By Marty Denzer
Catholic Key Reporter
KANSAS CITY — Jeremy Lillig, formerly the Director of the Bright Futures Fund, accepted a new position within the Diocese of Kansas City-St. Joseph last month. He now serves as the Director of Stewardship and Development, charged with re-visioning fundraising in the Diocese. Bishop James V. Johnston, Jr. also named Lillig to the Bishop’s Cabinet, his advisory council, along with Deacon Dan Powers, CEO of Catholic Charities, and Carrie Cooper, Director of the Office of Child and Youth Protection.
Lillig sees the office of Stewardship and Development as a resource for parish fundraising efforts. He agrees with Bishop Johnston that diocesan fundraising should be unified. Lillig said, “The bishop says that instead of many trains running parallel on many tracks, diocesan fundraising should be one train with many cars on the same track.” In other words, he added, a collaborative effort coming from inspiration not obligation.
In order to pull the parish fundraising trains together, Lillig hopes to “inspire people to support the diocese again. To support its ministries and causes again. We need to reestablish the culture in people to believe in something greater than themselves.” That means better communication with and acknowledgment of donors, and better transparency with them. One way to do this is to reestablish and enhance parish development director training, he said. That will aid instilling confidence in all concerned.
Lillig expressed gratitude that Bishop Johnston showed his confidence in selecting Lillig as the new director of Stewardship and Development, in part because of his non-traditional background. “My degree is in Theater, from Avila,” he said, “and I was mentored for three years by Sister of St. Joseph of Carondelet Olive Louise Dallavis.” Sister Olive Louise served as president of Avila from 1962-85, and in its Development Office for two more decades. “I’m also very young to be in this role; I’m only 34. I’m excited to bring generational experience to this position, excited to work on genuine-ness with donors, letting them feel sure they are giving money to the diocese, not to me.”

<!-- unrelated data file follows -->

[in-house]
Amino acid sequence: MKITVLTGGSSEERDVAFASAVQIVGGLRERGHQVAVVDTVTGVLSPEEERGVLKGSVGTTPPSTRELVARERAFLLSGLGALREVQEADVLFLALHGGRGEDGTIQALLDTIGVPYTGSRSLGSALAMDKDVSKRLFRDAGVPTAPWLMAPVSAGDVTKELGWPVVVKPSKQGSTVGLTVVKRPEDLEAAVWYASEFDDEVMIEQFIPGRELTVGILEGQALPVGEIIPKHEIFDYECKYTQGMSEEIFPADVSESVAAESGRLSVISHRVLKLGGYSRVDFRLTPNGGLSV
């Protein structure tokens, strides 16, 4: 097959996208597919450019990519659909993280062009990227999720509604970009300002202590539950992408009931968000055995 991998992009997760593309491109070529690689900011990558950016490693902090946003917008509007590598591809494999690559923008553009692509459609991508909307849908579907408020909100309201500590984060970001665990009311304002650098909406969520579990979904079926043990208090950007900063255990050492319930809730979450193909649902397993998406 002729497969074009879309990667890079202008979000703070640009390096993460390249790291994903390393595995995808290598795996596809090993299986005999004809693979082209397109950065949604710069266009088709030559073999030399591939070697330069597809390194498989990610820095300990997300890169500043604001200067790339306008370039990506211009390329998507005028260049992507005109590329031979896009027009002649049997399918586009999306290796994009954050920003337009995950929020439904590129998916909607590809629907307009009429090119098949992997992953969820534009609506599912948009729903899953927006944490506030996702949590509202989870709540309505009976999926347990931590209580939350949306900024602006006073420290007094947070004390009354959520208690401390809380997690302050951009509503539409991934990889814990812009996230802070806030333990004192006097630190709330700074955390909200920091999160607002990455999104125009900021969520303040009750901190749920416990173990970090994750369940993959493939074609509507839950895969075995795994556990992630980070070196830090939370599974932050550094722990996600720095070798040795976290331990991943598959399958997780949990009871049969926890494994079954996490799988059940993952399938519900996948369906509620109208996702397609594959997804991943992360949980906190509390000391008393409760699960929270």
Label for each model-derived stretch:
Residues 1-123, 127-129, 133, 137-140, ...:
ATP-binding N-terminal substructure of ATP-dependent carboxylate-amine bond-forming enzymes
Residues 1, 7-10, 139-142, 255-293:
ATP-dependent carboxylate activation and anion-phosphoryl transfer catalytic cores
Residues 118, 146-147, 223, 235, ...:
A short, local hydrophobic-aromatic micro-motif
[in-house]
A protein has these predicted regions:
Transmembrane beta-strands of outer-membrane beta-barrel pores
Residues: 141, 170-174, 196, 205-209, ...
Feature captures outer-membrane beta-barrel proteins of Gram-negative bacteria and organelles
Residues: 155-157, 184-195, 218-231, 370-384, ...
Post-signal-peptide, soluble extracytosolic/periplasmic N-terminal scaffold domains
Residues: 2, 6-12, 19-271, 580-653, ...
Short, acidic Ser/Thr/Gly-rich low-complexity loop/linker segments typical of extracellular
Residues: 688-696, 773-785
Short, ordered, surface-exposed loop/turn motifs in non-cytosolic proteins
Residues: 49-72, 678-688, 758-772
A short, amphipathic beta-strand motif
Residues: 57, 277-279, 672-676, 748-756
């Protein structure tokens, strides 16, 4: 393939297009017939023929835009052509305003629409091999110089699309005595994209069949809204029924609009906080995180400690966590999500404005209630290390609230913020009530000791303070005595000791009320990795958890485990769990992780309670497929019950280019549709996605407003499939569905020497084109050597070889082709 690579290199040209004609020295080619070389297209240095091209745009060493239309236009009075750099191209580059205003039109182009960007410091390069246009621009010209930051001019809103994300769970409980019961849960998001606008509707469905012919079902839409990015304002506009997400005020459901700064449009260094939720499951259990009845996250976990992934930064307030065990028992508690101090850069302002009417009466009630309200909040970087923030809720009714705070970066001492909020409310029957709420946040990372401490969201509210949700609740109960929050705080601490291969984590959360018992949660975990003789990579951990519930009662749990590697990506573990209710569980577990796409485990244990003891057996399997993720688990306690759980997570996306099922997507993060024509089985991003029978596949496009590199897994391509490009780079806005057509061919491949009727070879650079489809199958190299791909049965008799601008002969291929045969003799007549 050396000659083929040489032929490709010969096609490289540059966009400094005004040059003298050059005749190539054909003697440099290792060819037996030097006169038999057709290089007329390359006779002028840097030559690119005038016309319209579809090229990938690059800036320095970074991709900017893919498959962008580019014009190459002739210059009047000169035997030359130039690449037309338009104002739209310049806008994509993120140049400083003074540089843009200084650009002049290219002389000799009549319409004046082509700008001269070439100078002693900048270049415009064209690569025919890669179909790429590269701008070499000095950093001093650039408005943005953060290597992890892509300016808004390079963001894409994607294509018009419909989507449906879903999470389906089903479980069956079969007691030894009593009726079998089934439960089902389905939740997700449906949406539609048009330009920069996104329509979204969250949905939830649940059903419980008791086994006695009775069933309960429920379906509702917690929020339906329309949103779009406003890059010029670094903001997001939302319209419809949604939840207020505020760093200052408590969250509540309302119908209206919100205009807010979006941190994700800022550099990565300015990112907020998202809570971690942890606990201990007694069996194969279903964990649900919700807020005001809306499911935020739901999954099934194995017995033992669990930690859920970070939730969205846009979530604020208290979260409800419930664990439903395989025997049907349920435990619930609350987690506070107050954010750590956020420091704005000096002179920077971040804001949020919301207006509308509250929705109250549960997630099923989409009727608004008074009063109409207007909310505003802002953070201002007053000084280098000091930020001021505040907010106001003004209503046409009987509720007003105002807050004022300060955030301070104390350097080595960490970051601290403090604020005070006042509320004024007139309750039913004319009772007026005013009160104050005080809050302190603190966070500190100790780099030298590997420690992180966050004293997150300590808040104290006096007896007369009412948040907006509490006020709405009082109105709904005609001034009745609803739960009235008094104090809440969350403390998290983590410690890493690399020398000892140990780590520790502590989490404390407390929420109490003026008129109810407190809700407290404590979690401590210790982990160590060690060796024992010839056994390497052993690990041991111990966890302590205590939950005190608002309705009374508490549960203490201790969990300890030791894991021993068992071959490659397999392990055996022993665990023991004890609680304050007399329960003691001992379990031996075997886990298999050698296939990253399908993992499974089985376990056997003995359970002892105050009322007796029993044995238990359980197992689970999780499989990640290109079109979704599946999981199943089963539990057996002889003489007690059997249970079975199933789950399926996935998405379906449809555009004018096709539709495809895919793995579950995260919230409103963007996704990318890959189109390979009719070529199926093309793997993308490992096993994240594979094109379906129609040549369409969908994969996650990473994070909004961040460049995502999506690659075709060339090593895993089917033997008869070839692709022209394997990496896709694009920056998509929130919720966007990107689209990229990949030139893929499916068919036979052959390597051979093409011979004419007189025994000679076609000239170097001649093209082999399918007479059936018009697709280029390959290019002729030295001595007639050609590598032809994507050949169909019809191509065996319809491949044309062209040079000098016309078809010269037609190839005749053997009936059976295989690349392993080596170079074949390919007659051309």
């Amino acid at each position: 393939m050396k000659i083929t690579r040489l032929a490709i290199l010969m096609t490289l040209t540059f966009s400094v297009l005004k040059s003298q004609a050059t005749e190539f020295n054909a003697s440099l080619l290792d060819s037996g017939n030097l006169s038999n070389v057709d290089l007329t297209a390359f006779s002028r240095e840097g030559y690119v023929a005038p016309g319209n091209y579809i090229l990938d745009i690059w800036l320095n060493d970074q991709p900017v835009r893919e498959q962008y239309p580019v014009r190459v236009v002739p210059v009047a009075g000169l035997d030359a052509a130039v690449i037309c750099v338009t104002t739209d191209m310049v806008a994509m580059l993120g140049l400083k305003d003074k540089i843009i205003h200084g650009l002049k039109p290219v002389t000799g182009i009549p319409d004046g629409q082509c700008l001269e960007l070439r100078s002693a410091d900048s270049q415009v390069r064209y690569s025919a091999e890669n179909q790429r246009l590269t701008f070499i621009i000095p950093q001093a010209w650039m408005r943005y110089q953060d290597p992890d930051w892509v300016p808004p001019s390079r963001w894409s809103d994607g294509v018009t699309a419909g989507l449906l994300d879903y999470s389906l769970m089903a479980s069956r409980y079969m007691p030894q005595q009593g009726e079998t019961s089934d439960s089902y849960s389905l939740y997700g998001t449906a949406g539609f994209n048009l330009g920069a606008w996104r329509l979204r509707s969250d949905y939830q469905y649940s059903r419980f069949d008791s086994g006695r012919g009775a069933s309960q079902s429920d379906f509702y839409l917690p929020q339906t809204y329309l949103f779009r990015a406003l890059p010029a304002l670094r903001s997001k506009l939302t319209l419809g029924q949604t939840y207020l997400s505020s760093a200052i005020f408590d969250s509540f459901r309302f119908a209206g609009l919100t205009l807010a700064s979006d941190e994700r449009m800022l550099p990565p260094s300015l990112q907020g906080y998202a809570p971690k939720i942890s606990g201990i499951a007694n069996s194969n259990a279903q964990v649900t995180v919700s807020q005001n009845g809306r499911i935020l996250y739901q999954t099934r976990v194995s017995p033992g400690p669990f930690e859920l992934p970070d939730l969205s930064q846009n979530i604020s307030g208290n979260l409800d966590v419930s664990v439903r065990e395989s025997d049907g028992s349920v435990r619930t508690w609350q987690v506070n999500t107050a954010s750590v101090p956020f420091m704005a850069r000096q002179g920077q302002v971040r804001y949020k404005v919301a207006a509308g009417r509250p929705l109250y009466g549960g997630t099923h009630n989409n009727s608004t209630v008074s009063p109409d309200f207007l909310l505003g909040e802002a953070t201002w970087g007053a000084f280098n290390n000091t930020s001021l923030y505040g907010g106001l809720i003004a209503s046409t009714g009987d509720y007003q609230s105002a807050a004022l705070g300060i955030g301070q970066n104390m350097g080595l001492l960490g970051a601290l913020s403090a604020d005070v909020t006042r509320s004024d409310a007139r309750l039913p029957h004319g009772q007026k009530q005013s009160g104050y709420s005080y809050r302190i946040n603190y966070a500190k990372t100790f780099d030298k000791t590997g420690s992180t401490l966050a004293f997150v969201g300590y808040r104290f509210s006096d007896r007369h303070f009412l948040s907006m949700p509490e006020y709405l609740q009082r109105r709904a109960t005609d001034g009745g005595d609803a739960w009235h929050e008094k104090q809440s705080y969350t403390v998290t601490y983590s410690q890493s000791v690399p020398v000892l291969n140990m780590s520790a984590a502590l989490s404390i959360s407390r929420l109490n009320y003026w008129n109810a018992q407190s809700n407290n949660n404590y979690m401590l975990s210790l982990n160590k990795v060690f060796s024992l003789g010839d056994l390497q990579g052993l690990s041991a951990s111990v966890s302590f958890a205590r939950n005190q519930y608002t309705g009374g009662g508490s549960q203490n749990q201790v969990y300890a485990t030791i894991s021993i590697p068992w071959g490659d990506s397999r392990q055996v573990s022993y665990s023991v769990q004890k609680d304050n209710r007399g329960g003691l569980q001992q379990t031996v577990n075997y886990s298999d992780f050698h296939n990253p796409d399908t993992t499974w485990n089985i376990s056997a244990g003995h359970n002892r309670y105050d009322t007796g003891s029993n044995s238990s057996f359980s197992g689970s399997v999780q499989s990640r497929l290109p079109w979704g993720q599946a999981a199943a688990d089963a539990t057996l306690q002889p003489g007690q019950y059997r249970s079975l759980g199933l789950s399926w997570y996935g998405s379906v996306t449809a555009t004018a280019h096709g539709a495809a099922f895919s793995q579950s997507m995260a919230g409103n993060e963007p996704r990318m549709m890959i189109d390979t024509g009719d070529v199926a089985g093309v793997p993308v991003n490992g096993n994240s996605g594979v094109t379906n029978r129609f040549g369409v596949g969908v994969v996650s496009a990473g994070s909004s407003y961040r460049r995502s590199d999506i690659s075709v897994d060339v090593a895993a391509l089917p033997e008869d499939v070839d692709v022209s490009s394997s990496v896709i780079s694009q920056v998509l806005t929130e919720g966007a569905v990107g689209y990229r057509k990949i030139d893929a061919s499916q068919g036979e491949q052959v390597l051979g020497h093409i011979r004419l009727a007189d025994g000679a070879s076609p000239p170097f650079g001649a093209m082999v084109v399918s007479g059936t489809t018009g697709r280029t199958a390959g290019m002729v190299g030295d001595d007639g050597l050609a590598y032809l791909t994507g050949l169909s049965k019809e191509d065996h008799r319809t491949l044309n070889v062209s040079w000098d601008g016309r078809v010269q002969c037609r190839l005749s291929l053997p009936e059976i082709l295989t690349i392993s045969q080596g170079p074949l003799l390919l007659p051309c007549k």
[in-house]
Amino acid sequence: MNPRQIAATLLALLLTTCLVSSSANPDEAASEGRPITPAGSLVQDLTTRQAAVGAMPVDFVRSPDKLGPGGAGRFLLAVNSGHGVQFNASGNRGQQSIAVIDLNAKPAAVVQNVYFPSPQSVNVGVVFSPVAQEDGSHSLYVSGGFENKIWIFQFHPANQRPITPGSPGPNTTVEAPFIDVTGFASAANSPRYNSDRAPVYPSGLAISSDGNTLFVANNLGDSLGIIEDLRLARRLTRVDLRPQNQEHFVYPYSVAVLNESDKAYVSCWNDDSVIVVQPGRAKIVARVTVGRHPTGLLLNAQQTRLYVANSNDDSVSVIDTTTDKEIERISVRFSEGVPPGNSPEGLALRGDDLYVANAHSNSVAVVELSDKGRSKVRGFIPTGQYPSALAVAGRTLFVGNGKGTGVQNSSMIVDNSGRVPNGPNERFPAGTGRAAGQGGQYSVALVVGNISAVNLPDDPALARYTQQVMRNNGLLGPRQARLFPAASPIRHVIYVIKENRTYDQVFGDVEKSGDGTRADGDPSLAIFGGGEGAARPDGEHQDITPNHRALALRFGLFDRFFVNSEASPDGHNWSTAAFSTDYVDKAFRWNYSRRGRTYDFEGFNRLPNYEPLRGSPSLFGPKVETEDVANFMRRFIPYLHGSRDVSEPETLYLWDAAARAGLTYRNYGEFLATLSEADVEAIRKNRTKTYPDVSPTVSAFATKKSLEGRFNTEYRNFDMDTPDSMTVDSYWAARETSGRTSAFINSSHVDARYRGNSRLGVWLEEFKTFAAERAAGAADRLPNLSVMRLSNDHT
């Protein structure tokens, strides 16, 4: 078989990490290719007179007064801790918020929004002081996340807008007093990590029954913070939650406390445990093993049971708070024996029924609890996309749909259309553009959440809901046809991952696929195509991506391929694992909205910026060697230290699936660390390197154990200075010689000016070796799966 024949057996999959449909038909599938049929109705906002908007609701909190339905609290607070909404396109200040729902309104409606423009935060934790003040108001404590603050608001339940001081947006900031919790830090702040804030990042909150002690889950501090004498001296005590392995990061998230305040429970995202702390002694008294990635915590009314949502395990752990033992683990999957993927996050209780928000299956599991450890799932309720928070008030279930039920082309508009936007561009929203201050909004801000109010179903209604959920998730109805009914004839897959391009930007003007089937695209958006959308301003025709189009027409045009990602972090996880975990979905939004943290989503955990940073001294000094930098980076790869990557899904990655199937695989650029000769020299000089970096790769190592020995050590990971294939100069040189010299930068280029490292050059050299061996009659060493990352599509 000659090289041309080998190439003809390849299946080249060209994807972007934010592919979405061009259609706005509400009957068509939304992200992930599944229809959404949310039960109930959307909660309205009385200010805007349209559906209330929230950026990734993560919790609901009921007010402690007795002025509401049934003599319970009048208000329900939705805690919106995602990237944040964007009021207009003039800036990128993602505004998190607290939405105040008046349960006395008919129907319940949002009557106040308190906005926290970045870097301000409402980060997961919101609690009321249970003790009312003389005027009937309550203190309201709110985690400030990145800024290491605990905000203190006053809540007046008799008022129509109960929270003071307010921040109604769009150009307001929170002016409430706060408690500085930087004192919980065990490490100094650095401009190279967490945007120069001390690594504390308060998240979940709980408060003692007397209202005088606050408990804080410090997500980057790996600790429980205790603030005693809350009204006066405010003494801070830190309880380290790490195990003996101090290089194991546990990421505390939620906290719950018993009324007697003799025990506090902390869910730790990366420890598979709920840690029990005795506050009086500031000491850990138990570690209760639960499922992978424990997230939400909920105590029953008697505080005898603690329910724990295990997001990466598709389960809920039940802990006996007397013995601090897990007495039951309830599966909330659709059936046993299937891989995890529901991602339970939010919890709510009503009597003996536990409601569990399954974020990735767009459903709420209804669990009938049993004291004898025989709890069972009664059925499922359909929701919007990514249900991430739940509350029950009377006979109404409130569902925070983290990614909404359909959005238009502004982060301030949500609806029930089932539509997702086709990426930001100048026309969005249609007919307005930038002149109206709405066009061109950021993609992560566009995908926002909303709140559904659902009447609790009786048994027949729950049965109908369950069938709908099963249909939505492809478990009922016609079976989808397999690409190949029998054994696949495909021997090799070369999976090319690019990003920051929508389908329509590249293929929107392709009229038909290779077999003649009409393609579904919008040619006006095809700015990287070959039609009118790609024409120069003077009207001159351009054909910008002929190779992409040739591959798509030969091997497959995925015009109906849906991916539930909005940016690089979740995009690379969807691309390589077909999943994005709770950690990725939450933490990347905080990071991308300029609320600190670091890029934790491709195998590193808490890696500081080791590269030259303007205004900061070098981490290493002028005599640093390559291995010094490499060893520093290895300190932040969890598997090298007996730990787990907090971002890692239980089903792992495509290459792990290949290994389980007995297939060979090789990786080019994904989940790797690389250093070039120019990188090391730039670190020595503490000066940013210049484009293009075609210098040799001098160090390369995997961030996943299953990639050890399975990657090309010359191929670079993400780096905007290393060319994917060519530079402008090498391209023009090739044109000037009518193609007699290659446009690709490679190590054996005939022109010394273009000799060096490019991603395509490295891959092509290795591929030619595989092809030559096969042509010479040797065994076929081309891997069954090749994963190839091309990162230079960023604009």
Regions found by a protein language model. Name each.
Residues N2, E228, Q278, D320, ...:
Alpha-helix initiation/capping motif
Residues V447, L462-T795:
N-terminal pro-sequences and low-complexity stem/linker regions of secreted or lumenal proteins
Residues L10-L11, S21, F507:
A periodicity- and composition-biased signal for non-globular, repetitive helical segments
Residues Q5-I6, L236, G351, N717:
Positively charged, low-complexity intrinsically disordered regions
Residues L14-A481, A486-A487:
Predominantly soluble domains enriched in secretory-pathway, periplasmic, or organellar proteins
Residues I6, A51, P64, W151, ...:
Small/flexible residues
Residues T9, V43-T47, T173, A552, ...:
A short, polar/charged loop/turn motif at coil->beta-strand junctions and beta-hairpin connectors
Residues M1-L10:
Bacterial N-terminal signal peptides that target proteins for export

He wants his time in this position to be spent as an instrument to bring about change – a collaborative resource, working together with parishes and donors to strengthen the diocese. Lillig sees vocations and charity as two priorities of his office. He plans to create a team of fundraising managers, including the Bright Futures Fund’s new director Rebecca Quinlan and a new Bishop’s Appeal director.
He sees three major components necessary for change:
• Listening, hearing ideas and struggles of parishes and families
• Collaborating with others to fix problems and challenges
• Re-visioning the future and implementing new fundraising ideas to achieve that future.
“It won’t be easy,” Lillig said. “But, I don’t back down from challenges. If it was easy, it wouldn’t be worth it! It may take some hard decisions, but my goal is to bring back the value and spirit of this diocese through transparency, confidence and sacrificial giving. I’m glad Bishop Johnston acknowledges the importance of fundraising.”
Lillig’s ancestors, immigrants to this country, gave to their church what they could. “It’s like they said, ‘This little gift I give, even though at great sacrifice to myself, is going to something that will be here for decades to come.’ That’s a legacy I don’t want to let go of.”
Looking to the near future, Lillig said, “I’m excited to be part of this challenge. Like Dorothy Day said, ‘The greatest challenge of the day is: how to bring about a revolution of the heart, a revolution which has to start with each one of us.’ We need to start that kind of a revolution here in this diocese.”